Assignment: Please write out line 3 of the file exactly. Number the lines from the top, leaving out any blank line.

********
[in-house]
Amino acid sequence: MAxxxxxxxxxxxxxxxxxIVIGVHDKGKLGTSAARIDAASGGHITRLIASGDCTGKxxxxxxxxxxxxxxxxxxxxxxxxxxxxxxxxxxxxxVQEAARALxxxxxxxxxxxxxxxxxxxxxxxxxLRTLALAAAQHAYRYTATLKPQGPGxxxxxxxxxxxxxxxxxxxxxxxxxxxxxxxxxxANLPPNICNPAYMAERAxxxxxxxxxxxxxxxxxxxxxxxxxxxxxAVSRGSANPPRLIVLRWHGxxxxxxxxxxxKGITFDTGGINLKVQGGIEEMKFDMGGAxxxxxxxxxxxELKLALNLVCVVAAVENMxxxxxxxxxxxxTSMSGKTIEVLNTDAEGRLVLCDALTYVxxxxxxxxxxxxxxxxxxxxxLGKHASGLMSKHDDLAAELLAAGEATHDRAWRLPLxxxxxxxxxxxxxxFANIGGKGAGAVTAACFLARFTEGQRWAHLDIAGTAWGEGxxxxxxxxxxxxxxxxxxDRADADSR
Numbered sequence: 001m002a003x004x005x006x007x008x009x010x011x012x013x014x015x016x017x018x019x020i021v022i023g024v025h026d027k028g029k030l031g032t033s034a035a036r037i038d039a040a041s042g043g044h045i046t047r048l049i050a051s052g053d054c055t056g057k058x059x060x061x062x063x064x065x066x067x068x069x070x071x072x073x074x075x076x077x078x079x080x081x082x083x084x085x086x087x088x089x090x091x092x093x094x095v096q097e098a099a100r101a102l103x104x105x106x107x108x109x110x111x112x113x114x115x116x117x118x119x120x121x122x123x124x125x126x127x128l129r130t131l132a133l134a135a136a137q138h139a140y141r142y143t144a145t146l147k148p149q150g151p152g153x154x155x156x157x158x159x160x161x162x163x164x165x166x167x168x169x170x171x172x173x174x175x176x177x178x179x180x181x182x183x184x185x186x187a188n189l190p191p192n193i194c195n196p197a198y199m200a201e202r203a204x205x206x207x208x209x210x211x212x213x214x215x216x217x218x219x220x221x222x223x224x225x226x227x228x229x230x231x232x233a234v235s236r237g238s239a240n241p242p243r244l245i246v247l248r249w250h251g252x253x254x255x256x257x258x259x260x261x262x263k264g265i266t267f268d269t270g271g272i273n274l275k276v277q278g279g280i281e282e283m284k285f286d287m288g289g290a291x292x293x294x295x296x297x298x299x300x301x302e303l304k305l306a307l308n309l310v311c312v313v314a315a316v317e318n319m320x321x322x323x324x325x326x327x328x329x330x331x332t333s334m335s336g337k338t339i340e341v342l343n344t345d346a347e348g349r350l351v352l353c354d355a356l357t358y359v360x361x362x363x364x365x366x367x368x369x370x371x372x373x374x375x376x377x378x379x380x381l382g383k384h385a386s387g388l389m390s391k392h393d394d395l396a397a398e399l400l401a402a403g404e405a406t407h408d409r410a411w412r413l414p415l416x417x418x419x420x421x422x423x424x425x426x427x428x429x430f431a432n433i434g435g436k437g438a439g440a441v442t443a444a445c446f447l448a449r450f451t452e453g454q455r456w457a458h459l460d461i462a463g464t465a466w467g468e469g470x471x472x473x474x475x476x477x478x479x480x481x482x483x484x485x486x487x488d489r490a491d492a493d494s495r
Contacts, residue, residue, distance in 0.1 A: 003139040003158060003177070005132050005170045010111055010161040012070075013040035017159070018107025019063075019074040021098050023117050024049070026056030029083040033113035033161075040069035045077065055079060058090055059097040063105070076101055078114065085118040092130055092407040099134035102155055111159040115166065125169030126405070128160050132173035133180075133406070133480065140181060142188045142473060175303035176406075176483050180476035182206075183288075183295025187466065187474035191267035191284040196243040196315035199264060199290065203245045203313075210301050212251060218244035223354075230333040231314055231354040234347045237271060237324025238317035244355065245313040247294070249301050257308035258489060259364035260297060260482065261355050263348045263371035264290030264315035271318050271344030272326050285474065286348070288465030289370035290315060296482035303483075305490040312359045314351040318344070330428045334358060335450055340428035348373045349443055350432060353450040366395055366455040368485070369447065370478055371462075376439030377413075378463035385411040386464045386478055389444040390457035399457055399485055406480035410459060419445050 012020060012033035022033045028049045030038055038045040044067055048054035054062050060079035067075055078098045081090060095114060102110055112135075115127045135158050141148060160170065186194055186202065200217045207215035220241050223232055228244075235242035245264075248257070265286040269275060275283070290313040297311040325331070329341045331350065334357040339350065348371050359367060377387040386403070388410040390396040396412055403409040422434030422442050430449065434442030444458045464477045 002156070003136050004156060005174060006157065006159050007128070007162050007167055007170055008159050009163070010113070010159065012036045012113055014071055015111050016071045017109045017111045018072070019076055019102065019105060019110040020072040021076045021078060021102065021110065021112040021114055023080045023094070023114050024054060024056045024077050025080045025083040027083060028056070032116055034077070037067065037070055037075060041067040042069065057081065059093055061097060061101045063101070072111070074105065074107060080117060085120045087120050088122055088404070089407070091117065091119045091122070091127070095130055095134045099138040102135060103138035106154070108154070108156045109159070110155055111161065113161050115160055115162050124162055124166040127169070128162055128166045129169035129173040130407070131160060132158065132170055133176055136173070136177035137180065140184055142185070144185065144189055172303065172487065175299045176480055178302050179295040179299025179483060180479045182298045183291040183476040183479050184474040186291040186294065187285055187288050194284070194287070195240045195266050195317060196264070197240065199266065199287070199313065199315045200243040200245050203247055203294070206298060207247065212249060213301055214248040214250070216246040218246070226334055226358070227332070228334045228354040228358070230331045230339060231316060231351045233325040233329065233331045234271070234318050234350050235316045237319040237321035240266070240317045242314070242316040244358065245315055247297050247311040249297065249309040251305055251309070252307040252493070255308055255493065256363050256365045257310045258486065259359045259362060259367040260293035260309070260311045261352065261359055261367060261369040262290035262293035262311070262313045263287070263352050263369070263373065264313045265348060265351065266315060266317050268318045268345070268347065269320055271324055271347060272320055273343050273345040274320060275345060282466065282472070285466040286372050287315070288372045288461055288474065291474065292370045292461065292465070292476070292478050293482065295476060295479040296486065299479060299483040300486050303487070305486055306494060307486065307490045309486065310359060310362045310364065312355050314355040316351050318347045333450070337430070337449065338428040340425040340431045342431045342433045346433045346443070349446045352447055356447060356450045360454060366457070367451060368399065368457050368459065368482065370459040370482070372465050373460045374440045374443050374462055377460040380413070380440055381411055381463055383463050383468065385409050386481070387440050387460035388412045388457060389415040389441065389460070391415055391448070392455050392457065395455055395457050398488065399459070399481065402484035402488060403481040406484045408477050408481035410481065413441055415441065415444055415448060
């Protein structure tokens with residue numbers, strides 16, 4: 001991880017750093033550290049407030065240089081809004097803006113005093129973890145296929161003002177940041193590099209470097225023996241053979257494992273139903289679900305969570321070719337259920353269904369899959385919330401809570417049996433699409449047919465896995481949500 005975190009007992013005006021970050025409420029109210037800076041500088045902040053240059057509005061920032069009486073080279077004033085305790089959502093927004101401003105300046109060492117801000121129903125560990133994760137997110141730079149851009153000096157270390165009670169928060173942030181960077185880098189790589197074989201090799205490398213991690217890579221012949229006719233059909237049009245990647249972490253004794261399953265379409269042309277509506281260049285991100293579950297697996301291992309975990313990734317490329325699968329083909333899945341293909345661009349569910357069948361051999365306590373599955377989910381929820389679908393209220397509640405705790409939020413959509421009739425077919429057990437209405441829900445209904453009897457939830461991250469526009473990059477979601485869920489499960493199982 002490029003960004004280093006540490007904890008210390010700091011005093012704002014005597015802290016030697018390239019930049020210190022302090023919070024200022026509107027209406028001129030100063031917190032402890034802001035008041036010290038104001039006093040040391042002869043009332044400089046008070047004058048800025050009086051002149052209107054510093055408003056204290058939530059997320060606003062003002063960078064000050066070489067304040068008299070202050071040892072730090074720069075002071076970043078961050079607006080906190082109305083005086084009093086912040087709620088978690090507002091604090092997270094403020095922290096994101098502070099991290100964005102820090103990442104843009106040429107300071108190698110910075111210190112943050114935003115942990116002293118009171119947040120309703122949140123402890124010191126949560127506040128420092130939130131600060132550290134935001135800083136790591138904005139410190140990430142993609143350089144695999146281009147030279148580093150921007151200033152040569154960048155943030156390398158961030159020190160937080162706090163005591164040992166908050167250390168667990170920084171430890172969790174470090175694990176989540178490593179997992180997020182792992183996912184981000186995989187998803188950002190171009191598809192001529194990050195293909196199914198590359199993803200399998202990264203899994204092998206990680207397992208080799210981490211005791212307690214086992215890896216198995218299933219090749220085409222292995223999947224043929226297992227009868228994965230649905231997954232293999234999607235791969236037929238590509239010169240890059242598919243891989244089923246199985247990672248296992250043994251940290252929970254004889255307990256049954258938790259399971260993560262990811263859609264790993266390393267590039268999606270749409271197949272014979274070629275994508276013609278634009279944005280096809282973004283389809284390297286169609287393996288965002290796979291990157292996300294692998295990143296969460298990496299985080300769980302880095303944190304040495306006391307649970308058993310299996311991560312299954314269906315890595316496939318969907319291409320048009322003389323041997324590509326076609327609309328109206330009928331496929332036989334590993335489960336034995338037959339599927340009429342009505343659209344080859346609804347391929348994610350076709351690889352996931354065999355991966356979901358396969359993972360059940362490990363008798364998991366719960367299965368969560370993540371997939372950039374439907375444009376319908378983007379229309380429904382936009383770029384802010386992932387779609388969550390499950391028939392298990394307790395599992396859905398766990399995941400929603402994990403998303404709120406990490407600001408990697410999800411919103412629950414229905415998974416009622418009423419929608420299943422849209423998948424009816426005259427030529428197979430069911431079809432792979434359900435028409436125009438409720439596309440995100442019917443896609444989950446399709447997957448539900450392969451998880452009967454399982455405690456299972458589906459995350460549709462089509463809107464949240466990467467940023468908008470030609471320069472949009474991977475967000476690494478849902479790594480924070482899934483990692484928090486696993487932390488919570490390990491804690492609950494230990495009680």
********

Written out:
Numbered sequence: 001m002a003x004x005x006x007x008x009x010x011x012x013x014x015x016x017x018x019x020i021v022i023g024v025h026d027k028g029k030l031g032t033s034a035a036r037i038d039a040a041s042g043g044h045i046t047r048l049i050a051s052g053d054c055t056g057k058x059x060x061x062x063x064x065x066x067x068x069x070x071x072x073x074x075x076x077x078x079x080x081x082x083x084x085x086x087x088x089x090x091x092x093x094x095v096q097e098a099a100r101a102l103x104x105x106x107x108x109x110x111x112x113x114x115x116x117x118x119x120x121x122x123x124x125x126x127x128l129r130t131l132a133l134a135a136a137q138h139a140y141r142y143t144a145t146l147k148p149q150g151p152g153x154x155x156x157x158x159x160x161x162x163x164x165x166x167x168x169x170x171x172x173x174x175x176x177x178x179x180x181x182x183x184x185x186x187a188n189l190p191p192n193i194c195n196p197a198y199m200a201e202r203a204x205x206x207x208x209x210x211x212x213x214x215x216x217x218x219x220x221x222x223x224x225x226x227x228x229x230x231x232x233a234v235s236r237g238s239a240n241p242p243r244l245i246v247l248r249w250h251g252x253x254x255x256x257x258x259x260x261x262x263k264g265i266t267f268d269t270g271g272i273n274l275k276v277q278g279g280i281e282e283m284k285f286d287m288g289g290a291x292x293x294x295x296x297x298x299x300x301x302e303l304k305l306a307l308n309l310v311c312v313v314a315a316v317e318n319m320x321x322x323x324x325x326x327x328x329x330x331x332t333s334m335s336g337k338t339i340e341v342l343n344t345d346a347e348g349r350l351v352l353c354d355a356l357t358y359v360x361x362x363x364x365x366x367x368x369x370x371x372x373x374x375x376x377x378x379x380x381l382g383k384h385a386s387g388l389m390s391k392h393d394d395l396a397a398e399l400l401a402a403g404e405a406t407h408d409r410a411w412r413l414p415l416x417x418x419x420x421x422x423x424x425x426x427x428x429x430f431a432n433i434g435g436k437g438a439g440a441v442t443a444a445c446f447l448a449r450f451t452e453g454q455r456w457a458h459l460d461i462a463g464t465a466w467g468e469g470x471x472x473x474x475x476x477x478x479x480x481x482x483x484x485x486x487x488d489r490a491d492a493d494s495r